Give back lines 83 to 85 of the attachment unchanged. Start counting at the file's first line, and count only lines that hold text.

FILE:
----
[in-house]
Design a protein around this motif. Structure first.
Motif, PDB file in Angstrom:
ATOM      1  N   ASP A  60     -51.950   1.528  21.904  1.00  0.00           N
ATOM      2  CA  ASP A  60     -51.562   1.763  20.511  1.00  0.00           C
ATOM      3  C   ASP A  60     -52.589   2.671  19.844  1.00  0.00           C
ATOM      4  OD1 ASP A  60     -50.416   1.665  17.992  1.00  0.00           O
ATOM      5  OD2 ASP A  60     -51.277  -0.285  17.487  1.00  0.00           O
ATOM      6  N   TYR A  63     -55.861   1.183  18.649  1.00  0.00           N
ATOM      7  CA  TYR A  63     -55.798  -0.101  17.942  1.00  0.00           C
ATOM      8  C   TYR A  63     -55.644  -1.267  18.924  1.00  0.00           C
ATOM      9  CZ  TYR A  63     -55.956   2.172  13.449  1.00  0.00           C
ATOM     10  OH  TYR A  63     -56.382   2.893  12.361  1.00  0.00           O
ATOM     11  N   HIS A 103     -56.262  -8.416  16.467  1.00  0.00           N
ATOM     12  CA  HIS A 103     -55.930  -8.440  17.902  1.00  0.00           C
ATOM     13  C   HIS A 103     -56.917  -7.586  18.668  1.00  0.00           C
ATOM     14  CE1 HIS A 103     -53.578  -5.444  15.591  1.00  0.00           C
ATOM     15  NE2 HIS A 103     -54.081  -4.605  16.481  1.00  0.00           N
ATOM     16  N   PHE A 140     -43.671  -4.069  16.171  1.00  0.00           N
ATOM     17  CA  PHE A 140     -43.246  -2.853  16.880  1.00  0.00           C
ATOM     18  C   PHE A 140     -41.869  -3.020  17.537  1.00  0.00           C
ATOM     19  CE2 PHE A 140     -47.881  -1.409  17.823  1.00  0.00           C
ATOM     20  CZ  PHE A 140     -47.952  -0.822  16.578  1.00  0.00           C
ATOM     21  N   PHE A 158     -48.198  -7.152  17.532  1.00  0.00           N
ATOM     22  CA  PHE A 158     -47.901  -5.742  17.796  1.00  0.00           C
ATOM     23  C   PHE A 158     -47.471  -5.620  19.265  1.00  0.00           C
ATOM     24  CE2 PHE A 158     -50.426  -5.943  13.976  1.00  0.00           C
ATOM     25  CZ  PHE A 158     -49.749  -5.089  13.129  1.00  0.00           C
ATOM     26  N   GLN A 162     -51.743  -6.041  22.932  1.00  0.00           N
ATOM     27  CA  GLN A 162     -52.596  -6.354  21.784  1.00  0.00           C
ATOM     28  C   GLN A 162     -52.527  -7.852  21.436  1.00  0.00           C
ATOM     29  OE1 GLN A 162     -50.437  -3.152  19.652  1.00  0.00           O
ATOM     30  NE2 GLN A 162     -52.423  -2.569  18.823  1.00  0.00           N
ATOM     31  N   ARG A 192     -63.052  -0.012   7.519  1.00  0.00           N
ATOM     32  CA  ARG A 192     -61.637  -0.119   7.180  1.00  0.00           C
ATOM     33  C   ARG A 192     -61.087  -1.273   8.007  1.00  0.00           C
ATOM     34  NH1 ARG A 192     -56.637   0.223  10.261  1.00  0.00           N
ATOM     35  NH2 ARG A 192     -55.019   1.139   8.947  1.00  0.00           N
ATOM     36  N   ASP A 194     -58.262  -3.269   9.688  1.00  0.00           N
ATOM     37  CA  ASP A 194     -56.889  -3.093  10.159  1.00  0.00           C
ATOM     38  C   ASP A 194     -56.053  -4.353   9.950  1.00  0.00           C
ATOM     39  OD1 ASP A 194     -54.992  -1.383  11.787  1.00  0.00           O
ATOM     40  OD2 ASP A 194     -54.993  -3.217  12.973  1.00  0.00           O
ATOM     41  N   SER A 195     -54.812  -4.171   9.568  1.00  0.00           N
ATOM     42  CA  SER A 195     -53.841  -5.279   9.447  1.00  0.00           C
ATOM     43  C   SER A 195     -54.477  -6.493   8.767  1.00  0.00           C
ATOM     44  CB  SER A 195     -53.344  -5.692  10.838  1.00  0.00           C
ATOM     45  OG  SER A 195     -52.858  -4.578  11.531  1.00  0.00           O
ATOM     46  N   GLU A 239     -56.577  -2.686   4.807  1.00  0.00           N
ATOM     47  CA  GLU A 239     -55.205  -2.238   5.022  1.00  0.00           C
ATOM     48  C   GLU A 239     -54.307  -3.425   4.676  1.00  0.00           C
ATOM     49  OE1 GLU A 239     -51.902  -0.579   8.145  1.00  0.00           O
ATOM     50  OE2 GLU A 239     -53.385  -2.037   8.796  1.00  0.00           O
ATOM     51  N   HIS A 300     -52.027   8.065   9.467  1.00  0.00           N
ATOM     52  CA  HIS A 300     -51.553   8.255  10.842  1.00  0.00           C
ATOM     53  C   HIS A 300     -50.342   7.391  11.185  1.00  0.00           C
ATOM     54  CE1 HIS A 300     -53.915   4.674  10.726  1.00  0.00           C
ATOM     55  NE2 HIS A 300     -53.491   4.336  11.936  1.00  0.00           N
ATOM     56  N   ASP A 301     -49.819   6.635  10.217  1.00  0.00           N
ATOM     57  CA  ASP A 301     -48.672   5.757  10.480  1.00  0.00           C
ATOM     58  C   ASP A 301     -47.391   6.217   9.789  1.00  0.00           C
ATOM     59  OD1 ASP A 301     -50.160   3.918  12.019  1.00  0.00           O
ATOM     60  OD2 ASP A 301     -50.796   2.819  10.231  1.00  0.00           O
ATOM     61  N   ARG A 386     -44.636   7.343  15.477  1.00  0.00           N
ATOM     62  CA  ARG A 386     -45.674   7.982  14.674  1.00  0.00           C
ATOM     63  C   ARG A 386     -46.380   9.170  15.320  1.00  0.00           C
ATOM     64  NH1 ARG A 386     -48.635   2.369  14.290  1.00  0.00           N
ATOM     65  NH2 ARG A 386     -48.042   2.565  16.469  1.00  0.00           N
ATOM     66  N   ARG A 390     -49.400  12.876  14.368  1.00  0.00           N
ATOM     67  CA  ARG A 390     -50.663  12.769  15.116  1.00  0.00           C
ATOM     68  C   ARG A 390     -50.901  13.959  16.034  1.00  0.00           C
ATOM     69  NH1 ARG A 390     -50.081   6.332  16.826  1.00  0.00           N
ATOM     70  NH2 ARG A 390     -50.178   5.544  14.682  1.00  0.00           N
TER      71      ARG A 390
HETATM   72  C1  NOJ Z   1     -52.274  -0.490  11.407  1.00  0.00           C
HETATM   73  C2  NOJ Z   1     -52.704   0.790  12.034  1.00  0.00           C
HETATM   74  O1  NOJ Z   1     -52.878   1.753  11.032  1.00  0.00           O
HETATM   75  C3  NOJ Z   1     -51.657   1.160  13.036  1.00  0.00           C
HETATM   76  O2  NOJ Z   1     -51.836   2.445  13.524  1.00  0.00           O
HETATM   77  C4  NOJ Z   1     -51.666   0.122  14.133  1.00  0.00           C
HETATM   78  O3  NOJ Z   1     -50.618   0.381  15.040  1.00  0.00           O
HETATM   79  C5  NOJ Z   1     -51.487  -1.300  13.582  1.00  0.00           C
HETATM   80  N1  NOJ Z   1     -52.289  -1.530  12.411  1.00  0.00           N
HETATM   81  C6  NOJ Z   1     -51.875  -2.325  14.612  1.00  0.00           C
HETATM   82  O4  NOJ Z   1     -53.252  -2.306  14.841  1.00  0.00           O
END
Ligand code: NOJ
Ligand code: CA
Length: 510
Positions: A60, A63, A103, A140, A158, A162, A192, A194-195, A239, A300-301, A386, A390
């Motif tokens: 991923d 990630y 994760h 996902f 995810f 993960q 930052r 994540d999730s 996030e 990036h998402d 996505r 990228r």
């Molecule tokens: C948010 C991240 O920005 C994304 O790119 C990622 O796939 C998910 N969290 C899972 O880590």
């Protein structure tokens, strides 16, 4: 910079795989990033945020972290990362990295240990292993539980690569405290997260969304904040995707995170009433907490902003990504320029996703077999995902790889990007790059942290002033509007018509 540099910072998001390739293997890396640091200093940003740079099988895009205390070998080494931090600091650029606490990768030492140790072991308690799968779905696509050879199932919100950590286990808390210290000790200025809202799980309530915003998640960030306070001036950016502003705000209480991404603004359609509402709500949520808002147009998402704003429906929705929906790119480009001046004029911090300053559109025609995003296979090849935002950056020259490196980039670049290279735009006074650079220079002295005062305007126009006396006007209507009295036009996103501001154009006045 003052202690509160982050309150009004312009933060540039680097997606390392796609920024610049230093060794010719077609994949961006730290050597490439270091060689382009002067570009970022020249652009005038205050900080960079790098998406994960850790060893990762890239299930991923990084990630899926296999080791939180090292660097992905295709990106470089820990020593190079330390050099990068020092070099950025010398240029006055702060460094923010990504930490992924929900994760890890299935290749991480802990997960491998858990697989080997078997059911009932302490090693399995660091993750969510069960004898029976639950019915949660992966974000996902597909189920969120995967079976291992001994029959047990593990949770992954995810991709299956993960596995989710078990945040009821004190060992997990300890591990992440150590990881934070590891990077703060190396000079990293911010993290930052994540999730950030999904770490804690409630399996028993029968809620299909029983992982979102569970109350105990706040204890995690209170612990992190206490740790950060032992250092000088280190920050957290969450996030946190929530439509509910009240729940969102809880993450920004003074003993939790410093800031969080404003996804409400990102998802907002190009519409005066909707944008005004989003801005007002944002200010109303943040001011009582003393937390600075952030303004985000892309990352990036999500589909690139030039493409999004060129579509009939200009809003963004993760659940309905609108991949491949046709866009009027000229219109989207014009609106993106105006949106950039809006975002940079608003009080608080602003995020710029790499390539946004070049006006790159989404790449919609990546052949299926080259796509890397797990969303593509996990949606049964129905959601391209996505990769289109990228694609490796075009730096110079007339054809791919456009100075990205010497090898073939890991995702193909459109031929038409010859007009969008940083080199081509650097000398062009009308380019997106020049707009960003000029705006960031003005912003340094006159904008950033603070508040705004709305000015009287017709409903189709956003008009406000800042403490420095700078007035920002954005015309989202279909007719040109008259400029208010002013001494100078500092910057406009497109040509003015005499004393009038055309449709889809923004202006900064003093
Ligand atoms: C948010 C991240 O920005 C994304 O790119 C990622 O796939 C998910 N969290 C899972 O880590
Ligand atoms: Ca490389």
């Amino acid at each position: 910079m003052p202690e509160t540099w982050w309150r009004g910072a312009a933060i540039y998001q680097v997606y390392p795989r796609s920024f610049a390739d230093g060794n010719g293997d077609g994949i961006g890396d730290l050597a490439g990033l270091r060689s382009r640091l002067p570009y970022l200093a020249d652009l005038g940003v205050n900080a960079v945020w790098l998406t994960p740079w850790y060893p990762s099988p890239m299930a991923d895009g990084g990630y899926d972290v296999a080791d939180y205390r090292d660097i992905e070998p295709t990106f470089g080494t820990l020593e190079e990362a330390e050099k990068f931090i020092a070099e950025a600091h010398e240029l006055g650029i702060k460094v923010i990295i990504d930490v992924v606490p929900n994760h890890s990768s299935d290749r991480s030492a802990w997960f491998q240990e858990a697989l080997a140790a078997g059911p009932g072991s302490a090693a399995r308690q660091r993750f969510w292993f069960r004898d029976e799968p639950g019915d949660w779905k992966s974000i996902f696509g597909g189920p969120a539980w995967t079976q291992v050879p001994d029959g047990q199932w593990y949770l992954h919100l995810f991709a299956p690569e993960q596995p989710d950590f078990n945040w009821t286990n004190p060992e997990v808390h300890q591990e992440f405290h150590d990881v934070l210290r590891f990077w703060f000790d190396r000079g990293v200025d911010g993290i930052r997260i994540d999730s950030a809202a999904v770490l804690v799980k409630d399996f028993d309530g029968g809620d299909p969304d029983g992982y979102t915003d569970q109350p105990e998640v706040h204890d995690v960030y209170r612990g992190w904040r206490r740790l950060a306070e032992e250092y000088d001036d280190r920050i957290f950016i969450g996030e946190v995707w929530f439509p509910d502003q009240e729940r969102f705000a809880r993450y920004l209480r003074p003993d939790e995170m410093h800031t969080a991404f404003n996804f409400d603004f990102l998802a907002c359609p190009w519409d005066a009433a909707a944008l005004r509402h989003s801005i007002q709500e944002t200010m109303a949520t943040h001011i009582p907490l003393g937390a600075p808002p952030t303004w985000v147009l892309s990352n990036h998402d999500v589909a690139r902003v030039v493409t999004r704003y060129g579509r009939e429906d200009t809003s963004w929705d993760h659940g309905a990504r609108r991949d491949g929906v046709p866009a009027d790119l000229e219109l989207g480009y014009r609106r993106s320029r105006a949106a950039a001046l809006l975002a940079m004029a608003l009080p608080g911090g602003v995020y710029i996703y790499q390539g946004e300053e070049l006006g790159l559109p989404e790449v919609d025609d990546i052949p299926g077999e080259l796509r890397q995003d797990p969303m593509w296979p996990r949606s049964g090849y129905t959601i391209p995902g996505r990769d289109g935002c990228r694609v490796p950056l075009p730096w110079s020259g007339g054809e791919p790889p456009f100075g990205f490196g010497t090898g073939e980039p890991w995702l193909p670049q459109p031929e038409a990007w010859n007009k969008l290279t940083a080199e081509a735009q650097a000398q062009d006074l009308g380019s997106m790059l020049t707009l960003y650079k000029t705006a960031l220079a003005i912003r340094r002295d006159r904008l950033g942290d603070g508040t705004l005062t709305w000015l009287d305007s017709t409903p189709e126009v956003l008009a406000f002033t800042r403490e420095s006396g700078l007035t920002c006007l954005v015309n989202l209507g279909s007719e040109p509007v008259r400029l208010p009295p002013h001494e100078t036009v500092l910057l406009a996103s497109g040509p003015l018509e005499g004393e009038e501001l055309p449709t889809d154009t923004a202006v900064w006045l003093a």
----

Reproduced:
HETATM   80  N1  NOJ Z   1     -52.289  -1.530  12.411  1.00  0.00           N
HETATM   81  C6  NOJ Z   1     -51.875  -2.325  14.612  1.00  0.00           C
HETATM   82  O4  NOJ Z   1     -53.252  -2.306  14.841  1.00  0.00           O